Active ingredient in cannabis seen to reverse brain age: Study

By: Devon Andre | Brain Function | Wednesday, May 10, 2017 - 05:00 AM

Memory loss is a common symptom of old age and is typically inescapable. For centuries, researchers and scientists have been attempting to find ways to improve our mental capacity and help retain all of our memories and experiences. While there are methods out there to maintain our cognitive ability throughout our lives, new research at the University of Bonn has found that the use of cannabis can reverse the aging process in the brain altogether.

The brain is like any other organ in the body: as time passes, it becomes unable perform as well as it once did. It can be increasingly difficult to learn new things and to multitask as we become older. Memory loss can even be a factor in the development of dementia, and its reversal is something many scientists aim to achieve.

The researchers of this particular study chose to use mice as a model for memory loss treatment experimentation as mice have a relatively short lifespan and display pronounced cognitive deficits even at 12 months of age. Their testing involved the administration of a small quantity of THC—the active ingredient of marijuana or cannabis—into mice that were of the age of two, 12, and 18 months old. They continued this for four weeks.

The researchers tested learning capacity and memory performance, which included orientation skills and the recognition of other mice. In order to get accurate results, a placebo group of mice was also tested to give a proper comparison. What the researchers found was that the cognitive functioning of the older mice treated with cannabis was just as good as the two-month-old control mice, with the administration of THC completely reversing the loss of performance in old mice subjects.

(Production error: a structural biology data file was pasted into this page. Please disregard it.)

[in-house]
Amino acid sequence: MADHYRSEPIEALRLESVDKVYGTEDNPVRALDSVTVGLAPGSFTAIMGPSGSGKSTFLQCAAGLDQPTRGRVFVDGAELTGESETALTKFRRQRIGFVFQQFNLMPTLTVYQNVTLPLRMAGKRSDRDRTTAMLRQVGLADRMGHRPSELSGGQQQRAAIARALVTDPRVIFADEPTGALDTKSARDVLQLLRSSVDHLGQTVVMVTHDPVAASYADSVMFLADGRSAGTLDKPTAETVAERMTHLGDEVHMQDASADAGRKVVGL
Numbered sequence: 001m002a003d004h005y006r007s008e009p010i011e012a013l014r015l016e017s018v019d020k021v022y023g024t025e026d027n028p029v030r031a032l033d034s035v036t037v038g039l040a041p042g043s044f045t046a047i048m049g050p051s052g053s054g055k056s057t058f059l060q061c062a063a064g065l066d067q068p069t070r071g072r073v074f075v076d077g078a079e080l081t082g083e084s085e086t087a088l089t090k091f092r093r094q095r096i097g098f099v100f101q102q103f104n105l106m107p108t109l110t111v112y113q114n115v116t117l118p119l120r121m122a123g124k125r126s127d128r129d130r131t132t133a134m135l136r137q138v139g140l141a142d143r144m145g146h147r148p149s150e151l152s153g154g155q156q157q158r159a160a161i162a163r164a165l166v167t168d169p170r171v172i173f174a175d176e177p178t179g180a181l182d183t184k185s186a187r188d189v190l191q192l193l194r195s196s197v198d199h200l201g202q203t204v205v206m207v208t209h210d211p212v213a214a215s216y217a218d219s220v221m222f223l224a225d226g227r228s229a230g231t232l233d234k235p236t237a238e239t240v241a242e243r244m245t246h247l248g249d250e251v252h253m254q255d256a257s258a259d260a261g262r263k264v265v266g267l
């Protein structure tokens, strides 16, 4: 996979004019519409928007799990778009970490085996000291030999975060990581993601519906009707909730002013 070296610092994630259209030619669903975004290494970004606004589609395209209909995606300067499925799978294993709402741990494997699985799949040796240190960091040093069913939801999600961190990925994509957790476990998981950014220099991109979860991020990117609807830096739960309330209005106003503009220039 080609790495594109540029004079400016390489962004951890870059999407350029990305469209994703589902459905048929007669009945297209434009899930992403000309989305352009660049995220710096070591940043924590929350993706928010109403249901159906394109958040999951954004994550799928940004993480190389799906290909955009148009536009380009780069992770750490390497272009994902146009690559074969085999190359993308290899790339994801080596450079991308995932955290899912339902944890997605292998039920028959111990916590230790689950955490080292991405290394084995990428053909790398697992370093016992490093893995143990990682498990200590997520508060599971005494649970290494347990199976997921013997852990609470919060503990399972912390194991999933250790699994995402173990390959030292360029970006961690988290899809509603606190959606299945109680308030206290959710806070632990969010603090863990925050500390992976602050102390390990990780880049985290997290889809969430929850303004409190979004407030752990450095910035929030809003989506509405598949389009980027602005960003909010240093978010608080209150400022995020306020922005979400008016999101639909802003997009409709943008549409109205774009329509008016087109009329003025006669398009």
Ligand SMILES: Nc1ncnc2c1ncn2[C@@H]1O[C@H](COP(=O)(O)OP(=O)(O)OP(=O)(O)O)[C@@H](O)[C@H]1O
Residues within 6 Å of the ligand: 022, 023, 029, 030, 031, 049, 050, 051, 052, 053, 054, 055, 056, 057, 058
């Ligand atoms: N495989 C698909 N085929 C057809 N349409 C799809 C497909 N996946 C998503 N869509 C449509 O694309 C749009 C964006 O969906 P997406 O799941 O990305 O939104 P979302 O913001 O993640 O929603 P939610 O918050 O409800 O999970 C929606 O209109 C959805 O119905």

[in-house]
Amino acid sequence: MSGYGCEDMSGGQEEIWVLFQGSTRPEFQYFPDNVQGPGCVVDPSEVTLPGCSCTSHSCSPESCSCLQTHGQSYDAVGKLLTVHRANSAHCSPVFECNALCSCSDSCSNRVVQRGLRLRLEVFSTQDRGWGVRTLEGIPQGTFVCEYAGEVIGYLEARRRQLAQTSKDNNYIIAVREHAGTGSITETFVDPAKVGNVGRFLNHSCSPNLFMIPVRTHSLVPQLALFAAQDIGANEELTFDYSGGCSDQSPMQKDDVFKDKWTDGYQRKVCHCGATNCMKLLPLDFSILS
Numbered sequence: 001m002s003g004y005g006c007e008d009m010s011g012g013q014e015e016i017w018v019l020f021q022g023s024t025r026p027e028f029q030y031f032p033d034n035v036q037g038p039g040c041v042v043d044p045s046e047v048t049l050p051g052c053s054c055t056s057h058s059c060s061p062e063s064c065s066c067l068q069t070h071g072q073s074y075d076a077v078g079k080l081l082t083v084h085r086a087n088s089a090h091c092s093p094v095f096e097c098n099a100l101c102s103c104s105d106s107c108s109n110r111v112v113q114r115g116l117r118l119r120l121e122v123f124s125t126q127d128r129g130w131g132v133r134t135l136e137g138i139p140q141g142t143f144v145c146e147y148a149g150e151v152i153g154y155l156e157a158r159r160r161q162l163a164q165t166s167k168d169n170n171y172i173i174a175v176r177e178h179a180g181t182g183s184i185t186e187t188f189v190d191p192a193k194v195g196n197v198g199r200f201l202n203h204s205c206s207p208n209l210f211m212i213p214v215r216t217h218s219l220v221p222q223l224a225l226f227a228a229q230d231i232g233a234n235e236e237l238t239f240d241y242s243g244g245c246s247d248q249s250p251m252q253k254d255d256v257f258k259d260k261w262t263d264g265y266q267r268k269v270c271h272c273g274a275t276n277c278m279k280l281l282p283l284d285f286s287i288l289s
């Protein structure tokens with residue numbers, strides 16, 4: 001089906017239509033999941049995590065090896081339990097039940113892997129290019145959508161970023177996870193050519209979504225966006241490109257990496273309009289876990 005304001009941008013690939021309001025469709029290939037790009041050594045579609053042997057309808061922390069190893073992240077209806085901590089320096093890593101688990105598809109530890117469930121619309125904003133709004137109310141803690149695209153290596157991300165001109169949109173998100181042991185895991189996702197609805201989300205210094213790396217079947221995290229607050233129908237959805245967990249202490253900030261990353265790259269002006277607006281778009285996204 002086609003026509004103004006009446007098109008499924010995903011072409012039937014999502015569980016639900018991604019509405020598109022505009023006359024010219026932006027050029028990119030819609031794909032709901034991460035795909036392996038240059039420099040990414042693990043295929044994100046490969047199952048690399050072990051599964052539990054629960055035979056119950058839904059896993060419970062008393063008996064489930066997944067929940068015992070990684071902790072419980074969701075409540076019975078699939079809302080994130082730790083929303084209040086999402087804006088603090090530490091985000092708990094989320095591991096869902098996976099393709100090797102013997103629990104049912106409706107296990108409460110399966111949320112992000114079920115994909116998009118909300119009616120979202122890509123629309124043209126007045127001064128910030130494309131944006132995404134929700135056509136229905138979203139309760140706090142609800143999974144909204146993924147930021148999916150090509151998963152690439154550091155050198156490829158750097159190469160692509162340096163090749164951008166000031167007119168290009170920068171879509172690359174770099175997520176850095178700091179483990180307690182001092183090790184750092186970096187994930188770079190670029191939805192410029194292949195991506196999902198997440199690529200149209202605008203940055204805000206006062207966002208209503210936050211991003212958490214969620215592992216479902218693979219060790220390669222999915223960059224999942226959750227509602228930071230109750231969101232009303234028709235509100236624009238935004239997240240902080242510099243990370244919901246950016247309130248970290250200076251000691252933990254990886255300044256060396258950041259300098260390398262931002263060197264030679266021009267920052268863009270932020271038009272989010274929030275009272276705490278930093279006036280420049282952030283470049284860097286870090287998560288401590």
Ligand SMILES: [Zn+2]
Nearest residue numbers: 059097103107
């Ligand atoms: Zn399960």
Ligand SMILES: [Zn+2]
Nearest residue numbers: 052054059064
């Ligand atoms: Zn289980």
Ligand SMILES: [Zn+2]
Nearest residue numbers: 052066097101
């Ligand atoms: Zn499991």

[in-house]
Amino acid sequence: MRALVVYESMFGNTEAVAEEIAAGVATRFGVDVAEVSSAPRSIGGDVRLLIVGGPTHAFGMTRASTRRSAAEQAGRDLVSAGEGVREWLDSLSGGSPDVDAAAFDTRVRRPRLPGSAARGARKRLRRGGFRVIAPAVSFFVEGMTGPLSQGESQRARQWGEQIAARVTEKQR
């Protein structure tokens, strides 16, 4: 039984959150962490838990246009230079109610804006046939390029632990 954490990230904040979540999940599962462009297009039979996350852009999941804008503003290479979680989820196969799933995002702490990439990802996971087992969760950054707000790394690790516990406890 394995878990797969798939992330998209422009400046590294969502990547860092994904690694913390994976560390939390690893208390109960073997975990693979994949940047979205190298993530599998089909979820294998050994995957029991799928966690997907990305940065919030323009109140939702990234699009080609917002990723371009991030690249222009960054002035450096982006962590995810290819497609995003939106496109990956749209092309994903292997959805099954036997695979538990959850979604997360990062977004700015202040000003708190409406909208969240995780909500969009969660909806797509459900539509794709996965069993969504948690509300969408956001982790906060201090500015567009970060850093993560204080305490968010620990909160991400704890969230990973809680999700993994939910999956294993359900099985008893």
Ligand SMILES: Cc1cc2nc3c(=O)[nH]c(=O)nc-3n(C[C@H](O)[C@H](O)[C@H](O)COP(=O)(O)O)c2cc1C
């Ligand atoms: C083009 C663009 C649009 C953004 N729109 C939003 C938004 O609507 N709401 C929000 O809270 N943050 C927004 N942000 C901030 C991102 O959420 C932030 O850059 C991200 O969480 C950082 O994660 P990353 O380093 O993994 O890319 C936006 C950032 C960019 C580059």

Quite an amazing outcome, but one that was expected. It has already been clearly documented that the brain has specific receptors to cannabis named cannabinoid 1 (CB1), and in previous studies done on mice without this receptor, it was found that their brain aged much faster. This study was meant to explore this relationship. They found that the molecular signature of old mice was very similar to that of the younger counterparts after having THC administration. What’s even better is that the links between nerve cells in the brain also increased.

“It looked as though the THC treatment turned back the molecular clock,” says Prof. Andreas Zimmer from the Institute of Molecular Psychiatry at the University of Bonn.

The researchers believe that more research is necessary to explore this relationship and that human trials are needed. The fact that THC reversed the effects of aging in the brain makes them optimistic.

Related: Playing video games boosts brain health in old age


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Sources:

https://www.uni-bonn.de/news/128-2017

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